Scott Fraser and Ragnar Robinson paddle in the 2023 Yukon River Quest. Submitted By Scott Fraser

For most, it may well be that learning there’s a canoe race in Canada that entails paddling 715 kilometres for upwards of 55 hours is so unfathomable they may need to do several proverbial laps around their minds to grasp the enormity of the Yukon River Quest. So we asked a La Ronge, Sask., team to tell us more about racing for the long game.

Now in its 23rd year, this year’s instalment of the Yukon River Quest gathered 54 teams from 10 countries — including seven Canadian provinces and territories — for an epic canoe race through the Yukon from Whitehorse to Dawson City. It is believed to be the longest canoe race in Canada, if not North America.

“We just get a lot of satisfaction from challenging ourselves,” said Ragnar Robinson, after he and teammate Scott Fraser finished in fourth place.

Unlike what might be expected from the quintessentially Canadian recreational activity, there’s nothing amateur about paddling for 715 kilometres at a time. The only thing the racers have is their teammates and a rationed amount of water, food and essential items as sustanance between checkpoints. The overall race results reveal tightly packed brackets full of numbers, dates, and names.

Robinson and Fraser, long-time friends who have been training to compete in increasingly longer-distance sports, are surprisingly calm in tone. It’s perhaps not the immediate impression one might have of ultra-athletes, but it is indicative of the mindset required for racing for hours on end.

The farthest length in the canoe race discipline in the Olympic Games has been 10,000 meters. This ultra-canoe race is 71.5 times longer.

Fraser and Robinson’s circle of long-distance cross-country skiing friends inspired the duo to take on ultra-canoeing.

“It’s a slow increase in challenging yourself and eventually doing ultra events because you’re training to that level,” Robinson said.

The event started in Whitehorse, where the excitement of an ordinary race persisted before regulating itself. More than halfway through, there was a rest stop in Carmacks where competitors had 10 hours to eat, sleep, and complete a safety check before heading out again. For Fraser and Robinson, after the break in Carmacks, the duo reached a mental and physical hurdle — fighting exhaustion. It wasn’t for a lack of preparation.

In addition to regularly cross-country skiing between 55 and 60 kilometres, Robinson and Fraser trained robustly for the canoe race. They completed a three-day, 160 kilometre canoe trip in La Ronge, singing the praises of the La Ronge Pimiskatan Canoe Club that has made the sport so accessible.

“Both of us have the mindset that we finish everything we start and everything we sign up for,” Fraser said.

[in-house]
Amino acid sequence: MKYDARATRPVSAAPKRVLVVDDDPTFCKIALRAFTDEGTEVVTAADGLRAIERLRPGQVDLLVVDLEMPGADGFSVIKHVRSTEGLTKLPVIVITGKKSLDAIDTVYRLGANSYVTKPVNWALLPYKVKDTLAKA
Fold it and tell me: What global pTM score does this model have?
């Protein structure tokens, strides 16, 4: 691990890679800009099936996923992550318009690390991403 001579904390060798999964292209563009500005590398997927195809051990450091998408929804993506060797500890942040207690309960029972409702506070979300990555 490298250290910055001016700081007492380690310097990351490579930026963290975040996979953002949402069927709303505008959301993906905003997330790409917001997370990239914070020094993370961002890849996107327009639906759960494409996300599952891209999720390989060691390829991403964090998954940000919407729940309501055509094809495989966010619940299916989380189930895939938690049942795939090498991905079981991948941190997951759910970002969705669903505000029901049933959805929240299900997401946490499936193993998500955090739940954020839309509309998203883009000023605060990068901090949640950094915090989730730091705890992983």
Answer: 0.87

“I think that really helps push through. I’m not going to quit because we know how it feels when we cross that finish line because crossing that finish line has a lot of rewards.

”Between Whitehorse and Dawson City, where the race concludes, organizers estimate racers repeat the same paddle motion more than 300,000 times. They usually have to stay in one position for upwards of 30 hours. Along the route, they have to watch for two rapids: the Five Finger Rapids and Rink Rapids. Once they reach Lake Laberge, they could face a “mirror-flat mill pond” or “an angry sea” with winds and waves that can knock paddlers overboard if they don’t follow instructions. Other cautions include the potential of catching hypothermia. Consider it both a cognitive and physical exercise — a test to overcome.

“In the moment of the race, it’s not fun and you wonder why we’re doing this but after the fact you find it was fun,” Fraser said.

Added Robinson: “When you have normal problems, in your normal life, they don’t seem as bad. You can push yourself past the mental step.”

On July 6, Robinson and Fraser reached Dawson City, completing the race in 48 hours, 15 minutes. The winning team — Jen and Seb Courville from Golden Lake, Ont. — finished in 46 hours, 17 minutes. The winning pair use canoe manufacturer Kisseynew Canoe Company, from the Saskatchewan community of Air Ronge.

The Saskatchewan duo has been Inspired by friends, supported by family, propelled forward by the ambition to do better, to be greater, to keep evolving and become the best versions of themselves in their quest. Surrounded by the soothing Canadian wilderness — majestic in presence, serene with what is.

“The people we’ve grown up cross-country skiing with, they’ve shown us this event and how it’s something we can try,” Fraser said.

“All the motivation to do it is self-motivated.”

By Kimiya Shokoohi, Local Journalism Initiative Reporter

Original Published on Jul 12, 2023 at 13:20

This item reprinted with permission from   The StarPhoenix   Saskatoon, Saskatchewan
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